I was reading the Hulu tech blog to find out how they created their VR watching experience, which presents an HD surround environment of a 360 "living room" while also streaming video at 60fps on a virtual TV within the environment.
It runs flawless on my Playstation VR. It turns out that they (Hulu) are using one of the successors to the current video format we call H264 or mp4, which became the dominant streaming format because iPhones didn't do Flash video.
The emerging format is currently called HEVC or H265. The file extension you will start seeing on some files is .mkv
The tech is amazing. It's doubling and quadrupling compression rates without quality loss for 4K and 8K video. So Netflix and AppleTv and others will be able to stream 4K at 1080P efficiency or better.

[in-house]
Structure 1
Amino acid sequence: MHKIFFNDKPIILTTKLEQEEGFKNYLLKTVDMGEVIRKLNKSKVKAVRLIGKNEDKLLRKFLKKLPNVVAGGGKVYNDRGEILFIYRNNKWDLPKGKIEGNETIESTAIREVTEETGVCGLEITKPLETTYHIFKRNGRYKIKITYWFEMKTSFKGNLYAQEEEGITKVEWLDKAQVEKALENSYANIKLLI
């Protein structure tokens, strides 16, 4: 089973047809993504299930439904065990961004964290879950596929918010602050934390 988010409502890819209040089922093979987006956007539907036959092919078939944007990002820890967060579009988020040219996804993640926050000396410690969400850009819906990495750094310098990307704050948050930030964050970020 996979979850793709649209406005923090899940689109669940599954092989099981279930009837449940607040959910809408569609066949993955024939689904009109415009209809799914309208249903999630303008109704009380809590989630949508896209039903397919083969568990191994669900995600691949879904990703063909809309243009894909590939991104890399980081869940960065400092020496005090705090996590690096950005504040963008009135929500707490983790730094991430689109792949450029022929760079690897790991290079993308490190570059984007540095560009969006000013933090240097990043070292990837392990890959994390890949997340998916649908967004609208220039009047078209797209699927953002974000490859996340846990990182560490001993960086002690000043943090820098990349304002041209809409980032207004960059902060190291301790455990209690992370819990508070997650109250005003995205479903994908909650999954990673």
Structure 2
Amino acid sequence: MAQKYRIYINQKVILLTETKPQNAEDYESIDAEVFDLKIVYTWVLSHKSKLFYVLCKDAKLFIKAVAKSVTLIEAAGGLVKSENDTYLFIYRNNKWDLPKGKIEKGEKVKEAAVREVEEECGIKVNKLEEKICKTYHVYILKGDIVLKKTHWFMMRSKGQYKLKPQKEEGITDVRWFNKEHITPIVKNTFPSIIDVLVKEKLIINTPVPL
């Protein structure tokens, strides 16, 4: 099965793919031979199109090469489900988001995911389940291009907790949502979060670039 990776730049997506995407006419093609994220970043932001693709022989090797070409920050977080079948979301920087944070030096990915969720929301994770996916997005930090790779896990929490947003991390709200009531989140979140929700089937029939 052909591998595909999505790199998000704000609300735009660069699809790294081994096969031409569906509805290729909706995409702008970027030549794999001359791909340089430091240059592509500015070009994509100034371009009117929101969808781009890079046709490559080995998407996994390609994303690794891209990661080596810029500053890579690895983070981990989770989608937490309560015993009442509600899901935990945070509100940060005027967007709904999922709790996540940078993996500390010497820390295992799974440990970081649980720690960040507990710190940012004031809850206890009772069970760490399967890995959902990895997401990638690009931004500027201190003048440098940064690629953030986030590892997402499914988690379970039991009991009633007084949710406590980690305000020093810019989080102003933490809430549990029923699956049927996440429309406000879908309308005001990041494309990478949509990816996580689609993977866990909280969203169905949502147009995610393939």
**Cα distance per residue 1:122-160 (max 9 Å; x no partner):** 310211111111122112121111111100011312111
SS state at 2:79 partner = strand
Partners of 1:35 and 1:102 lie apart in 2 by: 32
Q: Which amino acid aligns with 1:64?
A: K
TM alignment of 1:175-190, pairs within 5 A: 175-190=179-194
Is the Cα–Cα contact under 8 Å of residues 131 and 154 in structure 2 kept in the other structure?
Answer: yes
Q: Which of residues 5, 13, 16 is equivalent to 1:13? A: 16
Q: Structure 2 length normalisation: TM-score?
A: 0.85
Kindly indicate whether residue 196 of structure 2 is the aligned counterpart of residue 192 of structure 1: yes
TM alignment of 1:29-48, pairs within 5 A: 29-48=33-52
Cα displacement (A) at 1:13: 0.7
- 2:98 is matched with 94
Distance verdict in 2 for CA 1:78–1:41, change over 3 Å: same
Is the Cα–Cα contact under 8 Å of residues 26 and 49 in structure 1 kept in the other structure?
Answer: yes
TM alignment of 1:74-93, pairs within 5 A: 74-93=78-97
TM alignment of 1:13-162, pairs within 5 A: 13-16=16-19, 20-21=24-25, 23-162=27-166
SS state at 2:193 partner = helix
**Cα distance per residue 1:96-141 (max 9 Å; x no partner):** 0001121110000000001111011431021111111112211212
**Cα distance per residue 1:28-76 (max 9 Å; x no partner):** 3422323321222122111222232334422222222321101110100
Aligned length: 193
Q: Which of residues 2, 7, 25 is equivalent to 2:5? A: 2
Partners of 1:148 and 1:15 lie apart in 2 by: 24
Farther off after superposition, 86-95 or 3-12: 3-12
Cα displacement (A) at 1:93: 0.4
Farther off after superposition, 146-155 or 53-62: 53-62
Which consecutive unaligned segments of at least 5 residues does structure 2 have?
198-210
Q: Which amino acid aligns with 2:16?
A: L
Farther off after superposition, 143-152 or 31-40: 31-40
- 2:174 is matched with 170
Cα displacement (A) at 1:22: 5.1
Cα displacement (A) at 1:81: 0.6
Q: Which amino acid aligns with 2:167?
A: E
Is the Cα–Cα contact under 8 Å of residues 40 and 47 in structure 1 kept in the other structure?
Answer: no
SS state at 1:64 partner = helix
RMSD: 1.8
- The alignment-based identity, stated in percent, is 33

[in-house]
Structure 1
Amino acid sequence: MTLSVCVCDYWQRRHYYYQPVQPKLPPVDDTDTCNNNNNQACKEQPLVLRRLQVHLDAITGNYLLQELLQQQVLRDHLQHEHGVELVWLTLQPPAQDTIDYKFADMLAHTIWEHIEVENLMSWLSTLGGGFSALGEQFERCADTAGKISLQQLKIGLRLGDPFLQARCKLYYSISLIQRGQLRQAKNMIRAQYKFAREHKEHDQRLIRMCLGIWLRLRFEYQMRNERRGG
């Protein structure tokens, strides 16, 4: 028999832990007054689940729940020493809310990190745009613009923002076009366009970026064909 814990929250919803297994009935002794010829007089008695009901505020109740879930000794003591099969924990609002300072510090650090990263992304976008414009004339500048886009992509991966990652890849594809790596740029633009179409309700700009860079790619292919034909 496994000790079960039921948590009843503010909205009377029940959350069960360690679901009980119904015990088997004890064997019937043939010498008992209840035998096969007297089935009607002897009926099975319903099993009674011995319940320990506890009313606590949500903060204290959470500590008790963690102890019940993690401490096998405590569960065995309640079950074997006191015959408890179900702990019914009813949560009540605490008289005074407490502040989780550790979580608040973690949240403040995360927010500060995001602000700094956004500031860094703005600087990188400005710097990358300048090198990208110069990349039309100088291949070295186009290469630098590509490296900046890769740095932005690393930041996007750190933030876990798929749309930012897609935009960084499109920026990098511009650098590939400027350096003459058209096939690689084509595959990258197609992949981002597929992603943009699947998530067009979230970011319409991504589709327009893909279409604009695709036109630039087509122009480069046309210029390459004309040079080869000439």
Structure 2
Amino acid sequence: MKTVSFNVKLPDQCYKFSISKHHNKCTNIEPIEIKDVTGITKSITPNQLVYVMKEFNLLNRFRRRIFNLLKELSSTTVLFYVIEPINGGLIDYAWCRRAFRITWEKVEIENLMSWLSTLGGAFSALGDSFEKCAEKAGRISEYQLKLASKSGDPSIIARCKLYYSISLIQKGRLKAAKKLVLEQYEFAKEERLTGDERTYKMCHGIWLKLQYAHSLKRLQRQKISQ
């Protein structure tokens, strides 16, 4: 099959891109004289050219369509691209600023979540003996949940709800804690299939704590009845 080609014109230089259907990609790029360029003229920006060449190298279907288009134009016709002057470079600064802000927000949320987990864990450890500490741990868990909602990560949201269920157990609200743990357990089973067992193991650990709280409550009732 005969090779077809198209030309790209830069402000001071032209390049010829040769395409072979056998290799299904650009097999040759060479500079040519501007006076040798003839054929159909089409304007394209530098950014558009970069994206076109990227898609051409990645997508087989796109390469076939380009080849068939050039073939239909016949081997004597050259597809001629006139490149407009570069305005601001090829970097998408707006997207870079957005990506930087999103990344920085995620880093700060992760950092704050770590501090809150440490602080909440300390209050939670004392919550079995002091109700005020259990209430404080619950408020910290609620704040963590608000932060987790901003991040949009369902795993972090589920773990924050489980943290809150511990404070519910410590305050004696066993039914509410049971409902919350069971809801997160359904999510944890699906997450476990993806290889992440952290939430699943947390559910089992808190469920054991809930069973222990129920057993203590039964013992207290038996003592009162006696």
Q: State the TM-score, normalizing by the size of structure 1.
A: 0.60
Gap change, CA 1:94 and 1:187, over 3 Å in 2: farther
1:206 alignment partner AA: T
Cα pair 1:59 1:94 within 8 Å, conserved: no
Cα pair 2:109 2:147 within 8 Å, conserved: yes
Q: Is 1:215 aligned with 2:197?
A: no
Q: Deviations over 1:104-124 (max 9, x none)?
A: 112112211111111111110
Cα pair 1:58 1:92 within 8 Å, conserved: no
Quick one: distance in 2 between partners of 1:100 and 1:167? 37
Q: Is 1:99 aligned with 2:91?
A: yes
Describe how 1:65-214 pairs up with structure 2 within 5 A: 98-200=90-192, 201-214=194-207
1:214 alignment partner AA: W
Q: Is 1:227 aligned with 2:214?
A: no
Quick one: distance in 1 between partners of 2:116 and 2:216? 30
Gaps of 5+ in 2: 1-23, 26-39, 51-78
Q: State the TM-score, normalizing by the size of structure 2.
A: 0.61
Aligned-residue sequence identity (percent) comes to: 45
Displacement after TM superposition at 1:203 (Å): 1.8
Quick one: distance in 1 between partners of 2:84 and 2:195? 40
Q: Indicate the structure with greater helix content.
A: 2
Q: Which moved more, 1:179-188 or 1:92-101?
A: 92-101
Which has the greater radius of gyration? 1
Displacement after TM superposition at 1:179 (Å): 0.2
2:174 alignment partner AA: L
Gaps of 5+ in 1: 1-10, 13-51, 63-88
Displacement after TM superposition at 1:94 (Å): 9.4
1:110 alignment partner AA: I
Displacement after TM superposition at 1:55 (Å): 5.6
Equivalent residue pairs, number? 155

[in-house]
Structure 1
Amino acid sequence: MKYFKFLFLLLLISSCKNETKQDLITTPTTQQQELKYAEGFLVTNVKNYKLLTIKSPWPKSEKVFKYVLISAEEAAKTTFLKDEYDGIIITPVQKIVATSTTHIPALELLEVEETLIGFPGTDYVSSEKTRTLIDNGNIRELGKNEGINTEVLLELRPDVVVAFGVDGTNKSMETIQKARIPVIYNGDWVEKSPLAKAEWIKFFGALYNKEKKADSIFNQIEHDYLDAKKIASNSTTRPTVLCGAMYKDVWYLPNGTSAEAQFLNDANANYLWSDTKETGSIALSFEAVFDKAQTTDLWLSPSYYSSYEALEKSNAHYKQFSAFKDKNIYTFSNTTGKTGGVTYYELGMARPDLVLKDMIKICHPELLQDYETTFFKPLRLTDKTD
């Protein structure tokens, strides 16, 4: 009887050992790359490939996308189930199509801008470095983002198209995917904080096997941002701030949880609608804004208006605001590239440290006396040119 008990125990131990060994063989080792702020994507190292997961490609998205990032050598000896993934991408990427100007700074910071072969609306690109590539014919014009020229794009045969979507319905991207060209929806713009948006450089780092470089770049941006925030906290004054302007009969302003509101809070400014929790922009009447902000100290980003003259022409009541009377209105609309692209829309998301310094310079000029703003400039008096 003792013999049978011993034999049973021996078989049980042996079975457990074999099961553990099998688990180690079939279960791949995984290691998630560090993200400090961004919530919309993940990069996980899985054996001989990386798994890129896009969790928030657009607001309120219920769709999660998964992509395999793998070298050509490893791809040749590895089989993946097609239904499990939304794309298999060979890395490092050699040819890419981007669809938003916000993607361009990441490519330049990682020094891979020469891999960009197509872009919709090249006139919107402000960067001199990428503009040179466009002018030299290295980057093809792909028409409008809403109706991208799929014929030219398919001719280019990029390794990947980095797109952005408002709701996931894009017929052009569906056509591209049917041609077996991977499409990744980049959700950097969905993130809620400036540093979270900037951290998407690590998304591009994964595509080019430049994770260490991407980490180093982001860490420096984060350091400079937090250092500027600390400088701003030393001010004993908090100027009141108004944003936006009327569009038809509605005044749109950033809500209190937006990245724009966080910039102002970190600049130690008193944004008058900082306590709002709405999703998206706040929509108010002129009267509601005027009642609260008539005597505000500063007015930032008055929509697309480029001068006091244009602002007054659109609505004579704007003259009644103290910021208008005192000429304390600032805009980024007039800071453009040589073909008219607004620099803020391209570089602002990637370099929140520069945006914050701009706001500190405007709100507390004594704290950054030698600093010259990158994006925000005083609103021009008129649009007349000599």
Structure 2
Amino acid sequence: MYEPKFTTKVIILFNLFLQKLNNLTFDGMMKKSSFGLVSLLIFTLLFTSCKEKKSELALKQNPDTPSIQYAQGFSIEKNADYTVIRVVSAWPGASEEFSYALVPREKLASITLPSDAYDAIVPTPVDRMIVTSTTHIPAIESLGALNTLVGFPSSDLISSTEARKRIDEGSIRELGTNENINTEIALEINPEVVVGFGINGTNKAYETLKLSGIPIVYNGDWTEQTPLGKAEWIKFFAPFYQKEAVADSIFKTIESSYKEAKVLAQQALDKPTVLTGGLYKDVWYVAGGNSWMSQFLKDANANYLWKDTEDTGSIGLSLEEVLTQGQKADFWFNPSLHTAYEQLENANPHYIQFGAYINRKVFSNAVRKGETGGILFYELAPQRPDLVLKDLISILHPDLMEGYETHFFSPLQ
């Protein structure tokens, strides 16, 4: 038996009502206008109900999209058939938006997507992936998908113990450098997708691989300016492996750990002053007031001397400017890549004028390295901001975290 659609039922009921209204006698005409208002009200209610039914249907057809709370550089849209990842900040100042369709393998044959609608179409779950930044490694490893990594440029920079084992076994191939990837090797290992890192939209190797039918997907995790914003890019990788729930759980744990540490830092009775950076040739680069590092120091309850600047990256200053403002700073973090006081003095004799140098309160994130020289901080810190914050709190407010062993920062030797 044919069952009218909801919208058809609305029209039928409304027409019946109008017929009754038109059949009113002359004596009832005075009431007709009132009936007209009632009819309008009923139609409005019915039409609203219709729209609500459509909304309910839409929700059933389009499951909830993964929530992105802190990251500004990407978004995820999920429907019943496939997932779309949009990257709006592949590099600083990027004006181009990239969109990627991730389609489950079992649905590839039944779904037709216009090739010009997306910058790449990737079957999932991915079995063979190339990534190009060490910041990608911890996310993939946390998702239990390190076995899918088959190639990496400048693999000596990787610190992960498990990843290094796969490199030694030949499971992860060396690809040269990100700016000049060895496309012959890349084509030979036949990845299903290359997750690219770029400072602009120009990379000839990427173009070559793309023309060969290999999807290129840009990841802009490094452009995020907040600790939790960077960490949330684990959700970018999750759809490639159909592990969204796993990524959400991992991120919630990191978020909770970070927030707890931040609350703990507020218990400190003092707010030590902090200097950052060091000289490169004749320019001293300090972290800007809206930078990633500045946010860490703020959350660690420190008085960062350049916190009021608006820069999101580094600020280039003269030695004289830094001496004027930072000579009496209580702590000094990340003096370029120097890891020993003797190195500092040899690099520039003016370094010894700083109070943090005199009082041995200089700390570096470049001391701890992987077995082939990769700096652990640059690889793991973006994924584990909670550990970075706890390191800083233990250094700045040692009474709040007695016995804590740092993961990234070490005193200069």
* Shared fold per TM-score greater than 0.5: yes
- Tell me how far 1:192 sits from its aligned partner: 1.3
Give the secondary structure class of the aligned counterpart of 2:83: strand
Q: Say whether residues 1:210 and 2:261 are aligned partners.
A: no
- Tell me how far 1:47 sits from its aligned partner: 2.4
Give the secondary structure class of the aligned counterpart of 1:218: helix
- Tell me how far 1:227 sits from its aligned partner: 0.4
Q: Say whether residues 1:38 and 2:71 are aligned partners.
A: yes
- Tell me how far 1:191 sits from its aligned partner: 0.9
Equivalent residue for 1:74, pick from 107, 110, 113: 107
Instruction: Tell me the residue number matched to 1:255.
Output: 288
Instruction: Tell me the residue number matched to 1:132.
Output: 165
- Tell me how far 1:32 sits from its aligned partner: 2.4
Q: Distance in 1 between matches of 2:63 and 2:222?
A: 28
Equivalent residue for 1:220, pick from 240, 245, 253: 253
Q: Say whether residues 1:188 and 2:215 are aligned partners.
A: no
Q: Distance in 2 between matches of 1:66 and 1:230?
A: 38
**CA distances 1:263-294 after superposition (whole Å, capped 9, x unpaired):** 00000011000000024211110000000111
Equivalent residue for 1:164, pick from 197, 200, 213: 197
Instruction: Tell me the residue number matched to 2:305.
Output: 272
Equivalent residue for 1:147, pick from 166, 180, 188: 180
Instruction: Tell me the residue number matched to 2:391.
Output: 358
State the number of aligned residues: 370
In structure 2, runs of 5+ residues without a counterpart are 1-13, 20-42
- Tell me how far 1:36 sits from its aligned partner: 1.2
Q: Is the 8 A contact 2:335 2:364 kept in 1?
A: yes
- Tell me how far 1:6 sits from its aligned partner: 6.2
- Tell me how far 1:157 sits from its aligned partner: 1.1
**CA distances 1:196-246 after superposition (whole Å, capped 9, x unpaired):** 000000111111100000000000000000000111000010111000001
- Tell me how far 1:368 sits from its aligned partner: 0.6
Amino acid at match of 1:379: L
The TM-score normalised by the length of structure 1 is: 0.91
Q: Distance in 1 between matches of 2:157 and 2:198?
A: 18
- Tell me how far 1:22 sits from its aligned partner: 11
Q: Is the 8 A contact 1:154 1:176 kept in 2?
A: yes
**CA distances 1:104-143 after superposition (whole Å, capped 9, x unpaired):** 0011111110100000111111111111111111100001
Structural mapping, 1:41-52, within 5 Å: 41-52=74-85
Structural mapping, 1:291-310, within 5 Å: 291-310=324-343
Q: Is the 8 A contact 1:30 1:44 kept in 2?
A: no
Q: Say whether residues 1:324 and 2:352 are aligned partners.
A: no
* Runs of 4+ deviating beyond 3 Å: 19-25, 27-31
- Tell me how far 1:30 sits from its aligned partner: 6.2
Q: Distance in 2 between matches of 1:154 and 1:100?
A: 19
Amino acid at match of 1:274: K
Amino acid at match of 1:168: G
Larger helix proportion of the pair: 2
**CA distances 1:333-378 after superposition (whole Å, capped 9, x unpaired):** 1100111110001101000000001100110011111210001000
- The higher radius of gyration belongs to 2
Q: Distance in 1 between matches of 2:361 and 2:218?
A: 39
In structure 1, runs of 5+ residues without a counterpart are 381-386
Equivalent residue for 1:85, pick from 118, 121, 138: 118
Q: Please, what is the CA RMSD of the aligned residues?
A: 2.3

The problem? Licensing fees.
There are a LOT of underlying technologies and patents to HEVC and all of those people want a piece of the action.
Meanwhile, there is a new fighter in the race for the future...
Google, Amazon, Cisco, Intel, Microsoft, Mozilla and Netflix formed the Open Media Alliance to create an agnostic open source video codec.... and are currently working on the VP10 successor which is now called AO1, they are also using an open source audio codec Opus.
For a lot of technology ingredient companies who get paid via royalties it's going to be a huge problem. The middle man will disappear. A lot of people who get paid now when videos get encoded or played will not be paid in the future.
Apple announced native HEVC and H265 hardware support at WWDC which means on new Macs, Quicktime and Safari will soon be able to play and encode these more efficient files natively.
I'm not smart enough to figure out where the money is in this, but the near future looks good for streaming media companies who were thought to be "breaking the internet" just 2 years ago.